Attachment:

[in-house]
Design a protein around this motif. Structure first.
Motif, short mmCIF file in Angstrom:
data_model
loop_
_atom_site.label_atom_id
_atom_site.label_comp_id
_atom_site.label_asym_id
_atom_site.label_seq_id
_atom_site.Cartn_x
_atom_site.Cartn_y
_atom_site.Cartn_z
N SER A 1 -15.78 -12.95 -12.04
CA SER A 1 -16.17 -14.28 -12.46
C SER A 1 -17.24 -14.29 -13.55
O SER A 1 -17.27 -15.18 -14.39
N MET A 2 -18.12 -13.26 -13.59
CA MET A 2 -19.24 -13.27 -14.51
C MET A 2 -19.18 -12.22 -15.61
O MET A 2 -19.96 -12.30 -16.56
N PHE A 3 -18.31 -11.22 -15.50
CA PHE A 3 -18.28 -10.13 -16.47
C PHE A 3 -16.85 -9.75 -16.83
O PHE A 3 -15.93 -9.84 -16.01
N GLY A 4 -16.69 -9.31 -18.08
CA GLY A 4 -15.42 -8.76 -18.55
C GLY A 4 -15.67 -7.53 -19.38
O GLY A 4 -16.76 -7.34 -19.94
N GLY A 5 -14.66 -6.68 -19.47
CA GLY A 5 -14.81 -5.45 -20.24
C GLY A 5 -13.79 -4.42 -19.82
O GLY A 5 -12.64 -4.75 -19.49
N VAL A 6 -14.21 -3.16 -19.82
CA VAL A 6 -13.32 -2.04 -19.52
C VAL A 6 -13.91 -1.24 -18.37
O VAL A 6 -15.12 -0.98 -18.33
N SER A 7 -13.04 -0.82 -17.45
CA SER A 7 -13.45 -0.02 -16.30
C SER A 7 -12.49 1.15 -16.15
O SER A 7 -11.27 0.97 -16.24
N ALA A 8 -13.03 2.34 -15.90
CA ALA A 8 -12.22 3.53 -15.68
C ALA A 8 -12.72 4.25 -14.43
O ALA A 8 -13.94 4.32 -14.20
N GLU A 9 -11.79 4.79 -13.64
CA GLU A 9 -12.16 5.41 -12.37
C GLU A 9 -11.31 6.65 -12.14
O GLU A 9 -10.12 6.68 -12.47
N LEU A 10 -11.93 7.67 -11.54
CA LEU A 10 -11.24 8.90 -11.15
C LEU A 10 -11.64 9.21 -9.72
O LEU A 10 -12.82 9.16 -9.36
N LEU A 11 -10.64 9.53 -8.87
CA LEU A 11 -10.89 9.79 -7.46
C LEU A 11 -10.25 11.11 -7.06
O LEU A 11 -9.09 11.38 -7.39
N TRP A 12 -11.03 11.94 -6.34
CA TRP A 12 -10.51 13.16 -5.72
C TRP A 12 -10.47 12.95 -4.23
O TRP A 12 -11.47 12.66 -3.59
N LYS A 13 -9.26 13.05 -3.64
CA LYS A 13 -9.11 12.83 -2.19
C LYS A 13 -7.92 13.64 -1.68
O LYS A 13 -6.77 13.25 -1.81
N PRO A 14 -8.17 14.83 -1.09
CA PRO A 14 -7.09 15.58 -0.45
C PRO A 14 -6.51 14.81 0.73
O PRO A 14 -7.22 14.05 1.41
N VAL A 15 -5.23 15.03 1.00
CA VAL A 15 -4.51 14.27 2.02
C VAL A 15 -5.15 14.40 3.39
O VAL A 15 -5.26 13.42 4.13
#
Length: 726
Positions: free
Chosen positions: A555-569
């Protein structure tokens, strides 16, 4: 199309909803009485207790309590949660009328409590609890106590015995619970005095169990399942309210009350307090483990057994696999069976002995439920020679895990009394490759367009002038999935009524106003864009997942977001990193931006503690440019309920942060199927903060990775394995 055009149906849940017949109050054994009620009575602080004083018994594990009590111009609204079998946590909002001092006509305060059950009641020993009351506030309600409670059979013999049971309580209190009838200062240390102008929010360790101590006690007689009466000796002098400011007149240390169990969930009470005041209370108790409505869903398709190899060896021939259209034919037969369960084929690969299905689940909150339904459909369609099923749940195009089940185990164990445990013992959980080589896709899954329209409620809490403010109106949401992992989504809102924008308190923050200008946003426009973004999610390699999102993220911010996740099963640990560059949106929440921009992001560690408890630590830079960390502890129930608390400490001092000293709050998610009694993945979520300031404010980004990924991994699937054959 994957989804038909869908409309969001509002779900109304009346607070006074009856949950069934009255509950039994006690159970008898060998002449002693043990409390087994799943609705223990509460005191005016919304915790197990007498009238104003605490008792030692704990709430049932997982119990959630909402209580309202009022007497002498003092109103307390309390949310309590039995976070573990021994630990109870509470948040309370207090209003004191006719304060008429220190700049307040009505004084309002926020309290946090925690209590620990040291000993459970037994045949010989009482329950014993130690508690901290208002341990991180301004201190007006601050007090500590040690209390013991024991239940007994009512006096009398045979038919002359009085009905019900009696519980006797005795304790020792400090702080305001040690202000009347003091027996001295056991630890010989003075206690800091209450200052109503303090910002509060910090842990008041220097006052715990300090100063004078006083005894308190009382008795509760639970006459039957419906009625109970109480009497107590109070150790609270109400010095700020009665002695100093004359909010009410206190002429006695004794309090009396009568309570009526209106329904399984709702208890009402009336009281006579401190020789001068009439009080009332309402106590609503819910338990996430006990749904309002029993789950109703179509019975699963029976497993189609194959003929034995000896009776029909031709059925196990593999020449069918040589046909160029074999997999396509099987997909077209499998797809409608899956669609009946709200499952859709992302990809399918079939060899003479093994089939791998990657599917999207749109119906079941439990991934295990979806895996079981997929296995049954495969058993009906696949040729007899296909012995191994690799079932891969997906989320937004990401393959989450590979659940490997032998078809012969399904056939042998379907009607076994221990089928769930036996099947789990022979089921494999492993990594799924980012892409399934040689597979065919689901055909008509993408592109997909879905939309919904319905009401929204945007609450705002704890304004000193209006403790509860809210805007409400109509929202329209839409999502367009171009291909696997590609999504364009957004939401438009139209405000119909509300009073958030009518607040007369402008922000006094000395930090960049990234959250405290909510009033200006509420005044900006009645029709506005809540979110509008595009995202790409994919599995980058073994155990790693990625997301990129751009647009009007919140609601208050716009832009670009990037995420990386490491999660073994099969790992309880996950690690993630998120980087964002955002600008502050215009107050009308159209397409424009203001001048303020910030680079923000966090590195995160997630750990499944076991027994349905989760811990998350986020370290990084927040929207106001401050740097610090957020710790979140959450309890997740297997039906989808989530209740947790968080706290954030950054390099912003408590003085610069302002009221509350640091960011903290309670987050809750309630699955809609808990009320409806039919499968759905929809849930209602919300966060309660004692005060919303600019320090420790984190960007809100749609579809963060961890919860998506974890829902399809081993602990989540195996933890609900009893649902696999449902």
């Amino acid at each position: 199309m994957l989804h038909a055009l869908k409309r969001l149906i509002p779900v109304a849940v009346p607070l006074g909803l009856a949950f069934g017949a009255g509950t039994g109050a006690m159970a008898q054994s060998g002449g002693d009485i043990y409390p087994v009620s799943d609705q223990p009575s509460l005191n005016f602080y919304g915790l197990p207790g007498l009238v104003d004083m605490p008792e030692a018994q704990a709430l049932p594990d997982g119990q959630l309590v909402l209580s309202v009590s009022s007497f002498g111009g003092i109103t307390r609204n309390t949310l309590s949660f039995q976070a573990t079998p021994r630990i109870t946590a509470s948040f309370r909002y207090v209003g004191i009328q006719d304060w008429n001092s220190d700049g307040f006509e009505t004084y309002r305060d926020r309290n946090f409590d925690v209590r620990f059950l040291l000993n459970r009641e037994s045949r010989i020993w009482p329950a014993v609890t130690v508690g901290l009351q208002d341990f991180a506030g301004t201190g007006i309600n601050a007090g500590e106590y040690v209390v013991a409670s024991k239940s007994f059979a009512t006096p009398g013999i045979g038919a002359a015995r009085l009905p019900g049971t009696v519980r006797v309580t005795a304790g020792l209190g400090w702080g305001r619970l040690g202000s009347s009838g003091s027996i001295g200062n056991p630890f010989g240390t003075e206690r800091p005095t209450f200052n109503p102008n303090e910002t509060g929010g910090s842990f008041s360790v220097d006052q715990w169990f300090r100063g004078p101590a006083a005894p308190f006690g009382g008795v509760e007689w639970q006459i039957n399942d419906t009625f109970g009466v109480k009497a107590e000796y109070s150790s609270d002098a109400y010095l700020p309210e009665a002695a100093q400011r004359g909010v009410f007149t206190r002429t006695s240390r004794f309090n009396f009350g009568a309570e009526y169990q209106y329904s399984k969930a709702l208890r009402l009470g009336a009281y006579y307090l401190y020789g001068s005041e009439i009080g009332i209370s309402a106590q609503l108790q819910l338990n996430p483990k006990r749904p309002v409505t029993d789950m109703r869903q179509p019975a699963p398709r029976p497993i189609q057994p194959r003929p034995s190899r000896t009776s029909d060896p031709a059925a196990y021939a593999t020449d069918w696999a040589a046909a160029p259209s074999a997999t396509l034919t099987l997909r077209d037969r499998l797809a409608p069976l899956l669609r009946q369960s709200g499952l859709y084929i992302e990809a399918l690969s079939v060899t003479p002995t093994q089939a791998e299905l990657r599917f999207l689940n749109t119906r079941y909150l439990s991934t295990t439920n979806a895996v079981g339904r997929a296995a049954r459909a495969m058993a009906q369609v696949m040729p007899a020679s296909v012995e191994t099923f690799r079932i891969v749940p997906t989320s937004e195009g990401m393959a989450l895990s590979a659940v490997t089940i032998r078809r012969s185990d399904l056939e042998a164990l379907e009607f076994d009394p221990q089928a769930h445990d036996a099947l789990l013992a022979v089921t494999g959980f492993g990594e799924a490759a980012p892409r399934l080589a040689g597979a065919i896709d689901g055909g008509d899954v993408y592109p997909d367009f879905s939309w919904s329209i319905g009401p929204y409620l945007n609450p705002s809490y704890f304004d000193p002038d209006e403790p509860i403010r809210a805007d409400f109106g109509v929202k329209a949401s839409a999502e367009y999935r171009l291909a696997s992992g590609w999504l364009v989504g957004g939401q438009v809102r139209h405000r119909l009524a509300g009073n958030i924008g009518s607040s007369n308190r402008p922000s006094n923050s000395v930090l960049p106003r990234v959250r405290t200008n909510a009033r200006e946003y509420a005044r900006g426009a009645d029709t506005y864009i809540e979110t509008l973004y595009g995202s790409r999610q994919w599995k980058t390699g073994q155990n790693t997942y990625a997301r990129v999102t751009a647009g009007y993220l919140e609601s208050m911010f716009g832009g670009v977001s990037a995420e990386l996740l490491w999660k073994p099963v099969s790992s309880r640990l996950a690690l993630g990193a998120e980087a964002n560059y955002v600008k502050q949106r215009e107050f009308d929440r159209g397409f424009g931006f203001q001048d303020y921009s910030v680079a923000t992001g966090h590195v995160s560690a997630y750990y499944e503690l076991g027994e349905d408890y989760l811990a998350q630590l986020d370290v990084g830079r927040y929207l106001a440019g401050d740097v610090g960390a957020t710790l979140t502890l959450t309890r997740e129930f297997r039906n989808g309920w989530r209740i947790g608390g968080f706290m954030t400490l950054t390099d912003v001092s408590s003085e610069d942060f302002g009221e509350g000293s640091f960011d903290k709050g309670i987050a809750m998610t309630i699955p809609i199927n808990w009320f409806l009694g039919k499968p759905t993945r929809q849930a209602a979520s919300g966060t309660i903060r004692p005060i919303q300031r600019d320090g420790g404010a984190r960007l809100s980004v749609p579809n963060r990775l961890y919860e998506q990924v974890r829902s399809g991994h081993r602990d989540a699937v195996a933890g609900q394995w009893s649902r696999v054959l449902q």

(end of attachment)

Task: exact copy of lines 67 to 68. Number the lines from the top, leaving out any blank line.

C PRO A 14 -6.51 14.81 0.73
O PRO A 14 -7.22 14.05 1.41